Is China a Neo-Mercantilist Nation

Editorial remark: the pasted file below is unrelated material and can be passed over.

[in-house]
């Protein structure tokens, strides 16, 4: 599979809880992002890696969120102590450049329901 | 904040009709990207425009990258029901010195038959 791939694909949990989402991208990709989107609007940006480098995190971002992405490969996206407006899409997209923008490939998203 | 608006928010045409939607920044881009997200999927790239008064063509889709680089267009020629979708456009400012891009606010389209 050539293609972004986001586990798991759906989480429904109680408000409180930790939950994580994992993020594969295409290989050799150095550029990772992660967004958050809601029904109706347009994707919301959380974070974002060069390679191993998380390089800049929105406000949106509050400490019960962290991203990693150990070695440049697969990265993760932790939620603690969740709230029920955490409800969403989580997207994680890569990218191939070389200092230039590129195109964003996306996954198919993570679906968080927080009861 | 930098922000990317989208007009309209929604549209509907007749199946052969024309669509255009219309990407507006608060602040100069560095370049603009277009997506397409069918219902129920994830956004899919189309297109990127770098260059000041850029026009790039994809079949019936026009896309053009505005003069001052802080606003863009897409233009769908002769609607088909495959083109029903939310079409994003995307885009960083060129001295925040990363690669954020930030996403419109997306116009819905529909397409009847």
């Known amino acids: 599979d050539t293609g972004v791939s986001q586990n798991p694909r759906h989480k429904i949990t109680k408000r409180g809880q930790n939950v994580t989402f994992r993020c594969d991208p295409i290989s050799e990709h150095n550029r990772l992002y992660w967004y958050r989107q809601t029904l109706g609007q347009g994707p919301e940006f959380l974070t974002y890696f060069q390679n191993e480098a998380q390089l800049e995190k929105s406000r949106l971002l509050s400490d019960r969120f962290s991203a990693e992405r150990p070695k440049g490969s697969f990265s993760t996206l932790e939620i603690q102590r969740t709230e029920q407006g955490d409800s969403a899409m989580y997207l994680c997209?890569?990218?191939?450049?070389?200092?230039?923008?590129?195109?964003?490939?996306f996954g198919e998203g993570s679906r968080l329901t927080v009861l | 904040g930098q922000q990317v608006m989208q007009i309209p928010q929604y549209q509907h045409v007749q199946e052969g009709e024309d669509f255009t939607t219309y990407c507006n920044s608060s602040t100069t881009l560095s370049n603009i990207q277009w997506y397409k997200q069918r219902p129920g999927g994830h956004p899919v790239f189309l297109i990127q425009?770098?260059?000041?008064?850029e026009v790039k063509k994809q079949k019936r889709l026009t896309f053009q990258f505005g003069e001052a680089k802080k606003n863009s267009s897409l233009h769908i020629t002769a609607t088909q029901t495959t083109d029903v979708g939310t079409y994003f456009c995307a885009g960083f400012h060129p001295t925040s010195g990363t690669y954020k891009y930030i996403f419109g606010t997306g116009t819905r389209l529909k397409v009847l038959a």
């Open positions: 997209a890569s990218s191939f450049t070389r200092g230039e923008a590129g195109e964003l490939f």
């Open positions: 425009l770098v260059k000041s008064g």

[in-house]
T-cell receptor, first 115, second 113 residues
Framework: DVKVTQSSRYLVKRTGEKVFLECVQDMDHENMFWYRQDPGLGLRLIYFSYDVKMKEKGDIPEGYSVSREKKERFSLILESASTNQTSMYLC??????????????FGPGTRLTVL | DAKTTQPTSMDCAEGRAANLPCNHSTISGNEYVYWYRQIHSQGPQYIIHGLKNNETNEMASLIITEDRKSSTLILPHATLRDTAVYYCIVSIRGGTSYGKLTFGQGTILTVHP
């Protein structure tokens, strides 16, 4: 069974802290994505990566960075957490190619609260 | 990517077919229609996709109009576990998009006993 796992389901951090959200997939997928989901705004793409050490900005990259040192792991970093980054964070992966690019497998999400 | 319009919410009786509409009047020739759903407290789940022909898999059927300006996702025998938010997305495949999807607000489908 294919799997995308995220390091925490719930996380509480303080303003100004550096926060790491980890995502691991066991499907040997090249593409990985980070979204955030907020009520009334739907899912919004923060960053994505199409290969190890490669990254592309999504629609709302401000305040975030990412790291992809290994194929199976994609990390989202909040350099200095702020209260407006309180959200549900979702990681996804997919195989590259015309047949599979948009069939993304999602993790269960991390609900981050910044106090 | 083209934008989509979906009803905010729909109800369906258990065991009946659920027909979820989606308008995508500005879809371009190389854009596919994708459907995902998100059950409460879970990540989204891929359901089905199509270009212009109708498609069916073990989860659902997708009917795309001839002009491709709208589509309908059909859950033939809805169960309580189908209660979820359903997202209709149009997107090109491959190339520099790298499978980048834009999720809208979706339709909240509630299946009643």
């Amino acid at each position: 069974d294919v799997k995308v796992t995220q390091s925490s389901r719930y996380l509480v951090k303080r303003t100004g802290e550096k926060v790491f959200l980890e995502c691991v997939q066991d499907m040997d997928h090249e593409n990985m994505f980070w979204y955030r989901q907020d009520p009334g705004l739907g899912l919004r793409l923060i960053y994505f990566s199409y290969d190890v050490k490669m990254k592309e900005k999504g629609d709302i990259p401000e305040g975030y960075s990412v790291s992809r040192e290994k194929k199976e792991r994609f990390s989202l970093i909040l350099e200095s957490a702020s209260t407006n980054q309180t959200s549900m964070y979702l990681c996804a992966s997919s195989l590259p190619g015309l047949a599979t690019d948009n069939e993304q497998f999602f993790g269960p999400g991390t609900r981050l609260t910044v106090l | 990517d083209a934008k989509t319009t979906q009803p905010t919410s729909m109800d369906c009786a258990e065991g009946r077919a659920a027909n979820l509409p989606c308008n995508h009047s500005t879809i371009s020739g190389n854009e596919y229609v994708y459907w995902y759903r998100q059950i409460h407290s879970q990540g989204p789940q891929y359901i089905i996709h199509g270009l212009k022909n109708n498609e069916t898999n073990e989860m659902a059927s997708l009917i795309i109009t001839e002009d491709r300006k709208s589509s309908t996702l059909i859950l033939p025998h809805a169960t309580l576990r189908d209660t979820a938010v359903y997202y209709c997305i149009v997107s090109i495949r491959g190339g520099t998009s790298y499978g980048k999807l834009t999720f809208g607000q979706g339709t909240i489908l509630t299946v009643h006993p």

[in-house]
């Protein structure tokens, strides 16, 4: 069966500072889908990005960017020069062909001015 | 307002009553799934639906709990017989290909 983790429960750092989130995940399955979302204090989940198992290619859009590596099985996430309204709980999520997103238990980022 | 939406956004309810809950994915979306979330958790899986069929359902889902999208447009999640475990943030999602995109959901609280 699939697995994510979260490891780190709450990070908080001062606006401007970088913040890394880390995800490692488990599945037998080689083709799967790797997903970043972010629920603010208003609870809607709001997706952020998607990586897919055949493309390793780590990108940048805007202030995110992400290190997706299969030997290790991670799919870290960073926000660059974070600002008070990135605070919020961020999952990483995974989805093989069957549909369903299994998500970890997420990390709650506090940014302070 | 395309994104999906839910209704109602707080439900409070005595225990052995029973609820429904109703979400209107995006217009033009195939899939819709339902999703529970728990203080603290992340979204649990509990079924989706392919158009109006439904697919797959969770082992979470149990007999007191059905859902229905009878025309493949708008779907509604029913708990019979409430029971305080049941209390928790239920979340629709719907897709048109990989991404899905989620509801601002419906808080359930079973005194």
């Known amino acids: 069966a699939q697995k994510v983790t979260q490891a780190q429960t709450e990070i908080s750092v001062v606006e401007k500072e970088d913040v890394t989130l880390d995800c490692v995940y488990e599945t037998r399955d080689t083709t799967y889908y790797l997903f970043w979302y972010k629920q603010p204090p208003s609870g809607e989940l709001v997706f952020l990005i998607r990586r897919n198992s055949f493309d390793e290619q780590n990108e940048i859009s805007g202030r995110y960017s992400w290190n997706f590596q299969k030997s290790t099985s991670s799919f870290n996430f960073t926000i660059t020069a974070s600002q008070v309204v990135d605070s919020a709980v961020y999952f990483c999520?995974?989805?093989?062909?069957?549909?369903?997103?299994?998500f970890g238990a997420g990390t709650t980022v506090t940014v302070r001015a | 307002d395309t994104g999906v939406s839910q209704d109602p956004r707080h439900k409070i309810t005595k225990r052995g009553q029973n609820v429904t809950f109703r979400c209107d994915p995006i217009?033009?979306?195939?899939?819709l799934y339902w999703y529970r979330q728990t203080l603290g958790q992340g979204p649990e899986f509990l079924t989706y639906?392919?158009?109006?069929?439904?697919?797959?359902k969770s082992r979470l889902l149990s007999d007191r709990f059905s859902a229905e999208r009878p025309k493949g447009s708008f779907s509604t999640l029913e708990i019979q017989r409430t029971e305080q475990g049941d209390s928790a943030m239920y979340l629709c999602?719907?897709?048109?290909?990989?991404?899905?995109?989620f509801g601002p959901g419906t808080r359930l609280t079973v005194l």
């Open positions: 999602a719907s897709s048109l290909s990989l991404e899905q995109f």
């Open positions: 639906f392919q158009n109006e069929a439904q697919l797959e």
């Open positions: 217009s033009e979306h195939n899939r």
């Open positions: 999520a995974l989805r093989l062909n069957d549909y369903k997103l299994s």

Is China a Neo-mercantilist nation? Definition: neo-mecantilism Neo-mercantilism is a policy regime that encourages exports, discourages imports, controls capital movement, and centralizes currency decisions in the hands of a central government. The objective of neo-mercantilist policies is to increase the level of foreign reserves held by the government, allowing more effective monetary policy and fiscal policy. This is generally believe to come at the cost of lower standards of living than an open economy would bring at the same time, but offers the advantages to the government in question of having greater autonomy and control.It is called “neo-” because of the change in emphasis from classical mercantilism on military development, to economic development, and its acceptance of a greater level of market determination of prices internally than was true of classical mercantilism. Its policy recommendations sometimes echo the mercantilism of the early modern period. These are generally protectionist measures in the form of high tariffs and other import restrictions to protect domestic industries combined with government intervention to promote industrial growth, especially manufacturing.At its simplest level, it proposes that economic independence and self-sufficiency are legitimate objectives for a nation to pursue, and systems of protection are justified to allow the nation to develop its industrial and commercial infrastructure to the point where it can compete on equal terms in international trade. In macro-economic terms, it emphasizes a fixed currency and autonomy over monetary policy over capital mobility. http://en. wikipedia. org/wiki/NeomercantilismProtectionism is the economic policy of restraining trade between states through methods such as tariffs on imported goods, restrictive quotas, and a variety of other government regulations designed to allow (according to proponents) “fair competition” between imports and goods and service produced domestically. “Protectionism doesn’t protect you”. PostNoon. com. April 27, 2012. Retrieved 26 May 2012 This policy contrasts with free trade, where government barriers to trade are kept to a minimum. In recent years, it has become closely aligned with anti-globalization.The term is mostly used in the context of economics, where protectionism refers to policies or doctrines which protect businesses and workers within a country by restricting or regulating trade with foreign nations. “Xinhua (2012-05-24). “Trade-oriented Economy Boosts Growth, Employment”. CRI English. Retrieved 26 May 2012” A variety of policies have been used to achieve protectionist goals. These include: 1. Tariffs: Typically, tariffs (or taxes) are imposed on imported goods. Tariff rates usually vary according to the type of goods imported.Import tariffs will increase the cost to importers, and increase the price of imported goods in the local markets, thus lowering the quantity of goods imported, to favour local producers. (see Smoot–Hawley Tariff Act) Tariffs may also be imposed on exports, and in an economy with floating exchange rates, export tariffs have similar effects as import tariffs. However, since export tariffs are often perceived as ‘hurting’ local industries, while import tariffs are perceived as ‘helping’ local industries, export tariffs are seldom implemented. 2.Import quotas: To reduce the quantity and therefore increase the market price of imported goods. The economic effects of an import quota is similar to that of a tariff, except that the tax revenue gain from a tariff will instead be distributed to those who receive import licenses. Economists often suggest that import licenses be auctioned to the highest bidder, or that import quotas be replaced by an equivalent tariff. 3. Administrative barriers: Countries are sometimes accused of using their various administrative rules (e. g. regarding food safety, environmental standards, electrical safety, etc. as a way to introduce barriers to imports. 4. Anti-dumping legislation: Supporters of anti-dumping laws argue that they prevent “dumping” of cheaper foreign goods that would cause local firms to close down. However, in practice, anti-dumping laws are usually used to impose trade tariffs on foreign exporters. 5. Direct subsidies: Government subsidies (in the form of lump-sum payments or cheap loans) are sometimes given to local firms that cannot compete well against imports. These subsidies are purported to “protect” local jobs, and to help local firms adjust to the world markets. . Export subsidies: Export subsidies are often used by governments to increase exports. Export subsidies have the opposite effect of export tariffs because exporters get payment, which is a percentage or proportion of the value of exported. Export subsidies increase the amount of trade, and in a country with floating exchange rates, have effects similar to import subsidies. 7. Exchange rate: manipulation: A government may intervene in the foreign exchange market to lower the value of its currency by selling its currency in the foreign exchange market.Doing so will raise the cost of imports and lower the cost of exports, leading to an improvement in its trade balance. However, such a policy is only effective in the short run, as it will most likely lead to inflation in the country, which will in turn raise the cost of exports, and reduce the relative price of imports. 8. International patent systems: There is an argument for viewing national patent systems as a cloak for protectionist trade policies at a national level.Two strands of this argument exist: one when patents held by one country form part of a system of exploitable relative advantage in trade negotiations against another, and a second where adhering to a worldwide system of patents confers “good citizenship” status despite ‘de facto protectionism’. Peter Drahos explains that “States realized that patent systems could be used to cloak protectionist strategies. There were also reputational advantages for states to be seen to be sticking to intellectual property systems.One could attend the various revisions of the Paris and Berne conventions, participate in the cosmopolitan moral dialogue about the need to protect the fruits of authorial labor and inventive genius… knowing all the while that one’s domestic intellectual property system was a handy protectionist weapon. ” . ? Information Feudalism: Who Owns the Knowledge Economy?. London: Earthscan. 2002. p. 36. 9. Employment-based immigration restrictions, such as labor certification requirements or numerical caps on work visas. 10. Political campaigns advocating domestic consumption (e. . the “Buy American” campaign in the United States, which could be seen as an extra-legal promotion of protectionism. ) 11. Preferential governmental spending, such as the Buy American Act, federal legislation which called upon the United States government to prefer U. S. -made products in its purchases. In the modern trade arena many other initiatives besides tariffs have been called protectionist. For example, some commentators see developed countries efforts in imposing their own labor or environmental standards as protectionism.Also, the imposition of restrictive certification procedures on imports are seen in this light. Further, others point out that free trade agreements often have protectionist provisions such as intellectual property, copyright, and patent restrictions that benefit large corporations. These provisions restrict trade in music, movies, pharmaceuticals, software, and other manufactured items to high cost producers with quotas from low cost producers set to zero “Protectionism doesn’t protect you” and “The Conservative Nanny State” http://en. wikipedia. rg/wiki/Protectionist#cite_note-4 Ascertain whether China indeed has those aspects in its economic policy, making it a truely neo-mercantilist nation: Perceived or Real. Possible implications: whether such a claim is Real or Perceived It is certainly possible to see China’s economic policies as neo-mercantilist, though people in China might not agree. Mercantilism was the economic doctrine that held that a country must export more than it imported in order to be economically strong. Mercantilist countries tried to promote exports and reduce imports. From the perspective of many Americans, China engages in such policies today.Many Americans believe that China artificially weakens its currency so that it will be easier for Chinese firms to export. China is also said to put informal barriers in the way of imports and to heavily subsidize exports. All of these actions can be seen as neo-mercantilism. I have said before this and I must emphasize it again. The fundamental premise of all U. S trade/globalization talks and discussions is that the participants are all playing the same game of liberal, neo-classical, free market, resource endowment and comparative advantage based free trade.This is a totally false premise that immediately gets the discussions off in irrelevant directions. The global economy is, in fact, sharply divided between those who are playing the free trade game and those who are playing some form of mercantilism. Of course, there is a spectrum of attitudes and policies, but roughly speaking the Anglo/American countries, North America, and parts of Europe are playing free trade. Most of Asia, much of South America, the Middle East, Germany and parts of Europe are playing neo-mercantilism. It’s like watching tennis players trying to play a game with football players.It doesn’t work, and insisting on playing by the rules doesn’t help, because both sets of teams are playing by the rules — of their game. In any case, there are a lot fewer clear cut rules than most people think. For example, probably the biggest single factor in the off-shoring of large chunks of U. S. based production and millions of jobs abroad has been the packages of financial investment incentives offered by China and others to global companies to encourage them to relocate production. More jobs have been lost to these packages than to currency manipulation.But you can’t complain about rules violations because there are no rules to cover these investment incentives. At the federal level, American doesn’t offer such incentives but there is not WTO or IMF or other rule against it. Nor is the United States proposing any rules in this area. Take the case of currency manipulation. China is surely manipulating its currency, but so have and do many other countries. Japan, South Korea, Taiwan, Singapore, and others all used currency manipulation is a major element of their export led miracle growth strategies.Some of these countries still to engage in currency manipulation and recently others such as Brazil and Switzerland have gotten into the game. Germany enjoys an undervalued currency because of its incorporation in the Euro. So here is a case where rule violation has been so prevalent that the violation is, in a way, the rule. So if something is to be done about it, that something will have to be a lot more powerful than a call for everyone to “play by the same rules. ” We first need to get everyone playing the same game, and that is more likely to turn out to be football than tennis. hat options do others have to deal with such a perceived or real protectionist tendency? Possible implications: whether such a claim is Real or Perceived References http://en. wikipedia. org/wiki/Neomercantilism ? O’Brien, Patrick Karl & Clesse, Armand. (editors) Two Hegemonies: Britain 1846-1914 and the United States 1941-2001. Aldershot: Ashgate. (2002). ? Helmut Schoeck & James W. Wiggins (editors), Central Planning and Neomercantilism. Pdf document [1] with scanned pages at the Ludwig von Mises Institute, Auburn, Alabama, USA Harold James (2009-06-30).The End of Globalization. Harvard University Press / google books. p. page 12. Early criticism In The Wealth of Nations, Adam Smith criticised the implicit political corruption of mercantilism in limiting the benefits of trade to the elite classes, and asserted that free trade should benefit all interested parties. Smith considered mercantilism a system where one country increases its power by getting excess gold on foreign transactions and it is a system created by merchants in order to get monopolies and easy profits.Some people believe that, because Britain adopted his call for free trade policies, it fell behind the United States and Germany by 1880, having gained its dominance under the mercantilism of Cromwell and Elizabeth I (when according to Adam Smith, England was much less mercantilist than Spain and Portugal, who decayed much due to their colonial mercantilist policies, their gold reserves all naturally flowed to Britain, who at the time had a much more efficient production system, even though Portugal and Spain had colonies with much richer natural resources than Britain).The success of the United States and Germany drove the reintroduction of protectionist regulations in the rest of Europe. Between 1870–1910 United States achieved a global industrial dominance thanks to innovations in its production system (such as interchangeable parts), culminating with Ford’s Assembly line. These innovations strongly increased the international competitiveness of American products. Philosophy Neomercantilism is founded on the use of control of capital movement and discouraging of domestic consumption as a means of increasing foreign reserves and promoting capital development.This involves protectionism on a host of levels: both protection of domestic producers, discouraging of consumer imports, structural barriers to prevent entry of foreign companies into domestic markets, manipulation of the currency value against foreign currencies and limitations on foreign ownership of domestic corporations. While all nations engage in these activities to one degree or another, neo-mercantilism makes them the focus of economic policy. The purpose is to develop export markets to developed countries, and selectively acquire strategic capital, while keeping ownership of the asset base in domestic ands. This use of protectionism is criticized on grounds that go back to Adam Smith’s The Wealth of Nations, which was aimed directly at classical mercantilist policies, and whose arguments are applied to neo-mercantilism. Namely that protectionism is effective as a means of fostering economic independence and national stability; and questioning the conclusion that it allows for sustainable development of the nation’s industrial base in the most efficient manner.Instead market economics has for over two centuries argued that increasing competition within the nation which will more effectively promote capital development and efficient allocation of resources. “Free traders” argue that by closing an economy, resources will be spent duplicating products that could more effectively be bought from abroad, and that there will be less development of exports which offer a comparative advantage.Market economists also argue that protection denies a nation’s own consumers the opportunity to buy at cheaper market prices when quotas or tariffs are imposed on imports. The subsidy of goods has also been advocated under neo-mercantilism. The fair trade movement claims that the protection of stability in emerging economies by guaranteeing a minimum purchase of goods at prices above those available in the current world markets, can contribute to restoring economic and social balance as well as promote social justice.Proponents of the fair trade movement argue that this may help to avoid the instability generated by the influence of global corporations on developed and developing nations. Neomercantilists claim that “Free Trade” results in a negative philosophy that a nation that is not competitive deserves to decline and perish, just like an under-performing corporation should. They argue that “free trade” does not work well whenever dumping is practiced or the international rules do not take into account the differences between wages, costs environmental regulations, and benets from nation to nation.For instance, there is a major difference in the cost of labour between a “First World” and “Third World” country for two equally skilled (or unskilled) sets of workers. When this economic reality is exploited by “First World” manufacturers, the benefits accrue to “First World” shareholders and consumers (and slightly improved work condition of exploited Third World workers) at the expense of privileged “First World” workers and their status in the middle class”. An unquestioningly open policy in such circumstances may effectively devalue “first world” human capital investments in favor of financial capital investments. Consider for example, a person deciding whether to invest in training as an engineer or in a portfolio of financial assets. Offshoring dramatically increases the effective supply of engineers, and as a result, their price will tend to decline (or grow at a slower rate).This decline will be increased by the lower cost of living in non-first world countries that would allow an engineer there to live much better on a lower nominal salary than their first world counterpart. (see purchasing power parity). This obviously is resulting in a huge immigration of skilled professionals from first-world countries to the third world, seeking a better quality of life. Faced with such prospects, rational economic agents will tend to avoid investing in human capital in areas that are vulnerable to such government-induced devaluation.Instead, they will shift training toward areas that are protected by regulation (for example : careers in law, medicine, government) or social tradition (tenured academia), or socio-cultural factors (sales) or local physical requirements (nursing, medicine, construction). Alternatively, rational economic agents in “first world” economies may choose to invest in financial assets instead of human capital — further eroding the long term ability of the “first world” country to produce and grow.As predicted by Adam Smith, this effect would reduce the inequality between First World and Third World countries, increasing overall fairness. Additionally, since cost of goods sold tends to be a larger component of total revenue than profits for most industries, production within a country may keep a larger portion of the total wealth within the local economy in comparison to dividends of profits and reduced prices on consumer goods. Furthermore, infrastructure investments may be reduced when production is shifted offshore.Over the longer term, such reduced local investments may reduce longer term productivity and economic growth. Neomercantilist economies on the other hand are often characterized by higher long term growth rates (that tend to flatten when neomercantilist policies are halted). This claim unfortunately is not verified among developed nations, where Australia is both the main proponent of international free trade and among the first world countries, the one with the higher sustained growth during the last fifteen years.Also, as of February 2009, Australia is also the only developed country who is not officially in recession. The language of neomercantilist policies repeats the claims of earlier centuries that protective measures benefit the nation as a whole and that governmental intervention secures the “wealth of the nation” for future generations. In doing so, neomercantilist admit that the interests of large corporations might as often be represented and protected as pushed aside for the national interest.As a neomercantilist nation’s industrial production capacity and improving research and development grow as a threat to the hegemon’s (who usually unilaterally practices free-trade as Britain in the 19th century and the USA in the late 20th century) domestic markets, so protectionism is the usual response, initially through political and, when necessary, military means (see World War I).